STATE ORPHANS

Llegeix aquest contingut en català aquí
Translated by Álvaro Rodríguez Huguet

In a world organised in borders and passports, being stateless implies to live with uncertainty. In Spain, the origin of 99 % stateless people is Saharan people

El Mansur. Miquel Pascual

“You move in an ill-defined direction, but you will arrive somewhere with hope”. While he took the last sip of warm coffee from that bar in Barceloneta, Mansur pronounced these words. Although he is a Saharan man, his documentation figures as stateless. This condition is acquired when a person has no recognition from any country as a citizen and, as a matter of fact, his daily life is a struggle in this legal bubble. His horizon is not clear nor defined, but he will find a solution with hope and will keep fighting to have a worthy life.

There are many others in his situation worldwide. Being stateless is a massive issue, invisible though, that affects around 10 million people all over the world, according to ACNUR data. It is essential to have nationality for the full participation into society and an indispensable requirement to delight in all fundamental rights. If they don’t hold a nationality, there is not a relationship between the state and the person: “We are left orphans”, he explains.

In Spain, 99 % of stateless status applicants are Saharan people. This number is the result of not recognising from Spain the Sahara as a country. Migrant people from this world spot are not recognised. The system doesn’t bear them in mind. If they want to be considered a citizen like the rest, one of the fastest options is to request the statelessness: “In my case, they took only two years”, Mansur said. In this way, they obtain a permanent residence that only has to be renewed every five years. They cannot be returned to their country of origin, since, legally, they don’t have one.

Requesting the nationality or depending on a visa is a very slower process and insecure, since the resolution is not in their favour in many cases.
Mansur is 41 years old and he currently lives in Barcelona, the presumed Mediterranean big and business town. In 2012, he begun a one-way long journey.

He arrived at Catalunya with an uncertain future that didn’t hold in his hands, but he has a luggage full of hopes and dreams yet to be accomplished. Fortunately, his migratory route did not include risk his life on a dinghy to cross the Strait of Gibraltar. He came here with a visa that allowed him to be in Spanish territory for a given season.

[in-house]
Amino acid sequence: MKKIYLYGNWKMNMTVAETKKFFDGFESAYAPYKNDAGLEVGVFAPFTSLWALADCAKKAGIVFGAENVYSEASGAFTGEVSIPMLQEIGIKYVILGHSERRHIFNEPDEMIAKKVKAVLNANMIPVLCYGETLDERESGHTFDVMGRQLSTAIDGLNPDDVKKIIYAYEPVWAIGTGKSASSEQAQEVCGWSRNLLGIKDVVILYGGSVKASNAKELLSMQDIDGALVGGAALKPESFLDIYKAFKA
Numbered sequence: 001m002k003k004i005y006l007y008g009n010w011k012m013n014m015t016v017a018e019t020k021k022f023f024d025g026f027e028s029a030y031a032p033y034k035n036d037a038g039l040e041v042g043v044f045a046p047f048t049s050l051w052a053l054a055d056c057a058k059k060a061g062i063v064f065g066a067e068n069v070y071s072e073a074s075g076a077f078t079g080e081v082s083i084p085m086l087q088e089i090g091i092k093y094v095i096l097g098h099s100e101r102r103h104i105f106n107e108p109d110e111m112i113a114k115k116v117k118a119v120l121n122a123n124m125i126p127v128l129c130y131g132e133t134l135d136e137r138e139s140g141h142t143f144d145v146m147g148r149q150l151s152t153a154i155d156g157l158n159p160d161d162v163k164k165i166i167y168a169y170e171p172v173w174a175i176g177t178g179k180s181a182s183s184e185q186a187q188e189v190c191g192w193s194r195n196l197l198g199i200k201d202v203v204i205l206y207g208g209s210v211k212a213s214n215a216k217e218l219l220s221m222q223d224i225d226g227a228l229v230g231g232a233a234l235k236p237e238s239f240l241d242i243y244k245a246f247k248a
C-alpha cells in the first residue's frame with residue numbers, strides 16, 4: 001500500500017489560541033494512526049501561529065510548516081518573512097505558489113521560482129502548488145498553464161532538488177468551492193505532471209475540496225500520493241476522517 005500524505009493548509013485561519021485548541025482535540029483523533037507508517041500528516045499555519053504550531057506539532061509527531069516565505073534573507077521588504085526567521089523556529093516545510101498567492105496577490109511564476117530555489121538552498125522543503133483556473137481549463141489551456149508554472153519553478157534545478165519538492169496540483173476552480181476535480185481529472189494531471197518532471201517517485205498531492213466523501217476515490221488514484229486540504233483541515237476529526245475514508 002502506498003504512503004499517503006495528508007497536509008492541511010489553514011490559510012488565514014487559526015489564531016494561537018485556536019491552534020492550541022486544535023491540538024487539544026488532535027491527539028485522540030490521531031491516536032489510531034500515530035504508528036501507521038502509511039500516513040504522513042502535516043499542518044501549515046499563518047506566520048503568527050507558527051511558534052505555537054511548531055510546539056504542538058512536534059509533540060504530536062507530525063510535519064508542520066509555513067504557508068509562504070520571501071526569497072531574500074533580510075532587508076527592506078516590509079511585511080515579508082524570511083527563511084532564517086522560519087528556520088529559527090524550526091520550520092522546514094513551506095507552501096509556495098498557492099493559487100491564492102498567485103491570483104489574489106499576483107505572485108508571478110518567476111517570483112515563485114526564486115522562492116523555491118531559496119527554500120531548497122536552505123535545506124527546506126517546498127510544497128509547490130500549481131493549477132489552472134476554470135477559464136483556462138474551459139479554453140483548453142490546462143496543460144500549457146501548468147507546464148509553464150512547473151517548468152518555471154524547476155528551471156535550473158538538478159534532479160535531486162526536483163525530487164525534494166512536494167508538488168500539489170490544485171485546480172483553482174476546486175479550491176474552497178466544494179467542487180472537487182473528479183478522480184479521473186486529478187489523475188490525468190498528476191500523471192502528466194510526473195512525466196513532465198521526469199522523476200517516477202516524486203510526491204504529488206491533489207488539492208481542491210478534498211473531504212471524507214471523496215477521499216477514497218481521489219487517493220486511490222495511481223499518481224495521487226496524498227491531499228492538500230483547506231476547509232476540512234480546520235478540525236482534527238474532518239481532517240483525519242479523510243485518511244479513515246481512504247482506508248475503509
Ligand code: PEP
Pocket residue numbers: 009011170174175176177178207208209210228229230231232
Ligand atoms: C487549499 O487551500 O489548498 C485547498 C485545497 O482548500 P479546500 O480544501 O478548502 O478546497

Four years ago, he worked in a restaurant of the Rambla and he has because of it the required stability to afford a house and move forward in this bureaucratic maze. In Catalunya, he has found the house that his passport denied him.

He arrived eight years ago seeking a worthy life. He left behind his back the Saharan refugee camps in Tindouf (Alger) of inhuman conditions: temperature might reach the 50 degrees, just two physicians per 10 000 residents and hygienic conditions are very precarious. Food and water are scarce and in portions, since they only depend on international aid. Houses are made of mud and, if it rains, they come down. Lifespan is 64 years old. In reality, however, progress with these conditions is impossible, in the middle of nowhere.

Coming to Spain is an elevated option for the Saharan people for many reasons. First of all, the geographical proximity, also the sentimental one: Sahara was the 53rd Spanish province until 1975. For this reason, many of these people have relatives that hold Spanish nationality.

In this way, the statelessness and nationality request process make it easier and it speeds up. Moreover, Spain is a country that counts on a specific proceeding to recognize the stateless status; holding it is one of the recommendations of ACNUR for a greater degree of legal security.

In 1954 was signed the Convention relating to the Status of Stateless Persons that, for the first time, was stablished a definition and a minimum rules of treatment for the group. Seven years later, in 1961, another was redacted to reduce the statelessness cases. ACNUR launched, 4 November, the campaign #IBelong in order to ending statelessness in 2024. To do so, they stablished a ten actions guiding framework that, in theory, states have to carry out. Some of them are: ending the gender discrimination in the nationality laws or making sure that no child is born as a stateless person.

Although the stability and the possibility of permanent residence are considered advantages for those in a stateless condition, the daily life highlights the inconvenients. From a sentimental point of view, you are from nowhere. You are denied of existence, origins and roots. Besides, Saharan people that have family in the occupied Sahara cannot visit them, since Morocco does not recognize the stateless status and, therefore, they cannot enter to the country. But it is precisely the everyday life what is being compromised with the same system.

One day, Mansur had to file a complaint in a police station of Barcelona and, as usual, they requested his personal data. In the nationality square, his response was “stateless person”. This option was not in that computer and he could not write it. It had to be chosen from the existing nationalities. Finally, it may be because it was the first that appeared or to get out of trouble, they attributed him with the Alger nationality. Facts like this one, show the state up and its lacks.

Being deprived of nationality implies that they do not belong to the world and live or die without leaving trace. However, fortunately, Mansur has been able to process the nationality and he has green light now. If everything goes well, he has scheduled in May of this year to take the oath, the last step of this large ladder full of obstacles. “At the end we are recognized by who colonized us for more than a century”.

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